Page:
Sign me up!

Good stuff, no fluff. Wake up each Wednesday with the Weekly Inkling.


Search the archive, three years of Inklings.

Ask the Artist

Our Artist in Residence, Dina Kowal, answers your questions

  • Submit your question to Dina
  • June 28, 2017
    Q: Mary asks: "I have been practicing combining colored pencils with Copics. Does it matter what type of colored pencils to use with Copics, wax or oil? Does it matter what type of paper you use?"

    A: I love using Copics with other mediums, and pencils are definitely a favorite - there are just some textures and details that can be added with the sharp point of a pencil that I miss with the markers. To combine the mediums, you'd need a paper that has a little tooth for the pencils, but isn't so absorbent that it sucks the ink from your markers. From the papers I have to choose from, I prefer Bristol Smooth, Neenah Classic Crest, and matboard. The binder of the pencils (wax or oil) shouldn't make any difference at all. Just be sure to lay down your Copic ink before adding pencil shading or details.

    June 21, 2017
    Q: Kate wants to know: "What is your favorite die or set, and why can't you live without it?"

    A: I am so glad I purchased the Spellbinders A2 Matting Basics sets - these are rectangle die sets that are sized for perfect matting on A2 cards. I make a lot of full-panel backgrounds, and these dies produce a perfectly cut panel with a finished edge and just the slightest border. For full-panel techniques like Herringbone or the Starburst Background, the dies create a perfect panel and trim off all the excess in one pass through the die cut machine - that's difficult to do with a trimmer, and scissors never get the edges quite perfect enough. These are simple and practical dies, but they save my trimmer blades from a lot of wear.

    June 14, 2017
    Q: Becky wants to know: "Can you use Copics on fabric?"

    A: You can! However, you'll have to take note of a few things. The weave of the fabric will make a difference - look for a tighter weave that will better hold the ink in place (like canvas or muslin). Copic ink will tend to bleed on a lighter weight or looser woven fabric. If you have enough fabric to do a test swatch first, that will be helpful. For stamping, use a craft or hybrid ink that will be permanent on fabric but also resist reaction with the alcohol ink, and heat set well. When you color, use a light touch and start from the middle of each color area to avoid bleeding. Gradually move toward the outline, or leave a small space and allow the fabric to wick the color out to fill each area.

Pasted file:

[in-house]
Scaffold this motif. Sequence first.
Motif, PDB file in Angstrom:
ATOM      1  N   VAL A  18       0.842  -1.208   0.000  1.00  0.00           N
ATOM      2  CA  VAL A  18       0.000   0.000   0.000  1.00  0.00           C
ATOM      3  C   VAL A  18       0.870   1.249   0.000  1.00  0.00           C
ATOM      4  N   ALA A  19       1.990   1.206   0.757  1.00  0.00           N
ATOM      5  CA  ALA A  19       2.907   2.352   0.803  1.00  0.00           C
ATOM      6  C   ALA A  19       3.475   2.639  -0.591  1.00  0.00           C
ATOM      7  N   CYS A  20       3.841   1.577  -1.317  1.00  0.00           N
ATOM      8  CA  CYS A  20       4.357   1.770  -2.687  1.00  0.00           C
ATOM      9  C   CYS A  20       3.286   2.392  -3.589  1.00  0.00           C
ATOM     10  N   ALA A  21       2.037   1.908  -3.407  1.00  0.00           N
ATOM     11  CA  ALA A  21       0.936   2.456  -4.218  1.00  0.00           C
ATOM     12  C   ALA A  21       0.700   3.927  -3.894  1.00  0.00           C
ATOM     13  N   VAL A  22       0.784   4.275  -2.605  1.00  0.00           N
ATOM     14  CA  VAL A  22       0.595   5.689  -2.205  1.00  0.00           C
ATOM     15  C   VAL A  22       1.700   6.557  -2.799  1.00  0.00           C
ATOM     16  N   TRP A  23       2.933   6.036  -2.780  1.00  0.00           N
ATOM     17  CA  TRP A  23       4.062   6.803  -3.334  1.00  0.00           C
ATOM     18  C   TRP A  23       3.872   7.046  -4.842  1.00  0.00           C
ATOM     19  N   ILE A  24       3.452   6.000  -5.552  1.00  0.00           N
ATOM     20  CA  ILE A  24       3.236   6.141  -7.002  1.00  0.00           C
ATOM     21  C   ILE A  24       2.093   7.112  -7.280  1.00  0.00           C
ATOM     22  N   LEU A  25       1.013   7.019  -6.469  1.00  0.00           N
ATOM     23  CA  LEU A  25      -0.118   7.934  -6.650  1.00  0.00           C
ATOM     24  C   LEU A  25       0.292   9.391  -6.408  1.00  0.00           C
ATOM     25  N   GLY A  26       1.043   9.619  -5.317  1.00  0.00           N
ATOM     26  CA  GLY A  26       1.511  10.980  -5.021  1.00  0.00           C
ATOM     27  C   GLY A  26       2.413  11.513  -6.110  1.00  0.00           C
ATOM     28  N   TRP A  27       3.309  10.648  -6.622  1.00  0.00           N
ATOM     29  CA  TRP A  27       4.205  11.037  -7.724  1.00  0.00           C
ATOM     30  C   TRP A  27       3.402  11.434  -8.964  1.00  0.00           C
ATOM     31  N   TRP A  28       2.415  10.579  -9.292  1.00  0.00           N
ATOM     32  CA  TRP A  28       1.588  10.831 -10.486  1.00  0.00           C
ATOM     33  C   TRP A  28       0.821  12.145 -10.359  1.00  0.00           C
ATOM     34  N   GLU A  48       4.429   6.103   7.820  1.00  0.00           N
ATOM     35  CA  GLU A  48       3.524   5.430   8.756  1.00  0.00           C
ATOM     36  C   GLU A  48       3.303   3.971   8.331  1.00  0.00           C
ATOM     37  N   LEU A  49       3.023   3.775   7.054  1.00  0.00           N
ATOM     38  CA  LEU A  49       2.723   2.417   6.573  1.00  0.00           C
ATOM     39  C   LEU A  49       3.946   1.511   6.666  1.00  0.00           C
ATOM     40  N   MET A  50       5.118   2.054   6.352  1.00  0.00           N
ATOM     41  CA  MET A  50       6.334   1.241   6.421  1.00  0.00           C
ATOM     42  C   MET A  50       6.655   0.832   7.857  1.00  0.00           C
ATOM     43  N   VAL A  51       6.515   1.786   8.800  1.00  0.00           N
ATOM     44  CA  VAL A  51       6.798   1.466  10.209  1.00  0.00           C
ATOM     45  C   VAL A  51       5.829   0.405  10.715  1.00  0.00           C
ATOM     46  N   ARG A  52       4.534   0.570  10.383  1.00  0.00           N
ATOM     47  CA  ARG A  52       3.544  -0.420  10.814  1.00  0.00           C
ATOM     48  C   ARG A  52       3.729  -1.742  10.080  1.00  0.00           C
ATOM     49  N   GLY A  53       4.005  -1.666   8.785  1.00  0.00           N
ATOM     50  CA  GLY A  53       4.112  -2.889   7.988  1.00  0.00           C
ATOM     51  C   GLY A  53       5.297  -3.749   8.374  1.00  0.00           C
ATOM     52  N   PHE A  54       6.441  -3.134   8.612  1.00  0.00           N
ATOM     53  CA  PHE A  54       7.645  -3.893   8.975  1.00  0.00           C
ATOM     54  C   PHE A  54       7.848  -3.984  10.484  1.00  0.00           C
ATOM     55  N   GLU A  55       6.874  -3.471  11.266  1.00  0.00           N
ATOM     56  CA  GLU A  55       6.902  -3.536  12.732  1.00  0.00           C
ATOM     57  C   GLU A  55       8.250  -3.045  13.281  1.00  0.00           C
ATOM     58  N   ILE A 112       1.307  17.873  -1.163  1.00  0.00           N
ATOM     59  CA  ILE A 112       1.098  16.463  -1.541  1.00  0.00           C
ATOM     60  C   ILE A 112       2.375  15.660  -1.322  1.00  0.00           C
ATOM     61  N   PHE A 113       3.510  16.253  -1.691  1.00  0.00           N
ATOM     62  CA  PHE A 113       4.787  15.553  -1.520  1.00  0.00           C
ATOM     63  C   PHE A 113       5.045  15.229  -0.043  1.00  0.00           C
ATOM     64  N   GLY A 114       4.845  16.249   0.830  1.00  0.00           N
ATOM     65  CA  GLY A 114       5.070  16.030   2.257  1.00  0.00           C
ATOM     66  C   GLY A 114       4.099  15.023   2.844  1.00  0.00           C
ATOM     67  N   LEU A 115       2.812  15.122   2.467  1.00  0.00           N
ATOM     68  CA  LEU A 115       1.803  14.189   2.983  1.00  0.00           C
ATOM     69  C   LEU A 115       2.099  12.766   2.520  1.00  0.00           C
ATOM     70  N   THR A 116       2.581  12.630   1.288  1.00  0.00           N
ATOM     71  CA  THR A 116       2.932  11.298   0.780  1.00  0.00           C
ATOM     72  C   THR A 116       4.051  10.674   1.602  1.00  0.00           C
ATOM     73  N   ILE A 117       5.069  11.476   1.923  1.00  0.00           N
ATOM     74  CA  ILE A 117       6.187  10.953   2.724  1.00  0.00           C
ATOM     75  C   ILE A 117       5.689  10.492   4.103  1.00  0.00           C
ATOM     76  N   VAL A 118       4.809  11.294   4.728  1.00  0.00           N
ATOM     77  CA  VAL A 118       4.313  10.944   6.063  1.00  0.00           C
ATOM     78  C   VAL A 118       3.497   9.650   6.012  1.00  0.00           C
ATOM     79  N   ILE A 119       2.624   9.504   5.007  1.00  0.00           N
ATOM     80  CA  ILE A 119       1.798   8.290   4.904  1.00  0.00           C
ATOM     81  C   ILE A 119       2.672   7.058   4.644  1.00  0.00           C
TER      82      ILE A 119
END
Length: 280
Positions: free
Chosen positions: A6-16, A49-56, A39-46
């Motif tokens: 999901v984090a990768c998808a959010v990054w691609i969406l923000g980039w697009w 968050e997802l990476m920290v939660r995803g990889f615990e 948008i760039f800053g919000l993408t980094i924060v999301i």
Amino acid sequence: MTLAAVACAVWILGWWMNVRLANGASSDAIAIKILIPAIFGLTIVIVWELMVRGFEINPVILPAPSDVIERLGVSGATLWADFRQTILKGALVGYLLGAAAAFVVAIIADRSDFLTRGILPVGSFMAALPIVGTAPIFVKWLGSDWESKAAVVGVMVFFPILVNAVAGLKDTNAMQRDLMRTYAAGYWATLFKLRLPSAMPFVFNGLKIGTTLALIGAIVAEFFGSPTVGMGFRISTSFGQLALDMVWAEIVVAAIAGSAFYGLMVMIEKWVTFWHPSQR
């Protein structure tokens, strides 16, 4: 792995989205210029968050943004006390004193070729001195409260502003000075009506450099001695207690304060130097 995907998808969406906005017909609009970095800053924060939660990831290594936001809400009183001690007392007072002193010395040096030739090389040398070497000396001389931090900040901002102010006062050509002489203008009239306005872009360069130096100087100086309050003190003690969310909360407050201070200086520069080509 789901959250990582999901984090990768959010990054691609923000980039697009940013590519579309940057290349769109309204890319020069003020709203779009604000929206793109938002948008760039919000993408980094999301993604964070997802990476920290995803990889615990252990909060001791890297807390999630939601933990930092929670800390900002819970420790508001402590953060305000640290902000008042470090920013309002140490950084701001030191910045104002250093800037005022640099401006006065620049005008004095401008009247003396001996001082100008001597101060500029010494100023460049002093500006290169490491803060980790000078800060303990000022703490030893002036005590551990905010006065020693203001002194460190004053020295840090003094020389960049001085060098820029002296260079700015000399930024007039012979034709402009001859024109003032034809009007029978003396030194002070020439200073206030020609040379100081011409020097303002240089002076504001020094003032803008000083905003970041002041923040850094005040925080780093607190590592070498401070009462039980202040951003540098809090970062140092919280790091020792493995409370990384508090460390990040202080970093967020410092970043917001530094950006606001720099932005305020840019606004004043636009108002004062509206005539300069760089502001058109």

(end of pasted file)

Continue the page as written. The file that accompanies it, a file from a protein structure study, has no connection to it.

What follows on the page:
June 7, 2017
    Q: Marlena asks: "I love making cards with flowers and layers. Is there a preferred way to send these through the mail?"

    A: Hi Marlena! Any cards that are thicker than 1/4" now have to be sent at package rate... the best product I've seen for sending highly dimensional cards through the mail are the Card Guard boxes from My Sweet Petunia - - they're very sturdy and a perfect fit for an A2 size card. Another alternative are thin plastic boxes tucked into a padded envelope - I order that type of product from Clearbags.

    May 31, 2017
    Q: Louise wants to know: "What is a belly band?"

    A: A belly band is a strip of paper that's wrapped around a card or box to keep it closed, with adhesive that holds the strip into a ring. They're usually about an inch wide. Usually the seam or overlapped ends are covered by an embellishment or other small stamped panel that accents the design of the project.

    1 · 2 · 3 · 4 · 5 · 6 · 7 · 8 · 9 ... > Last Page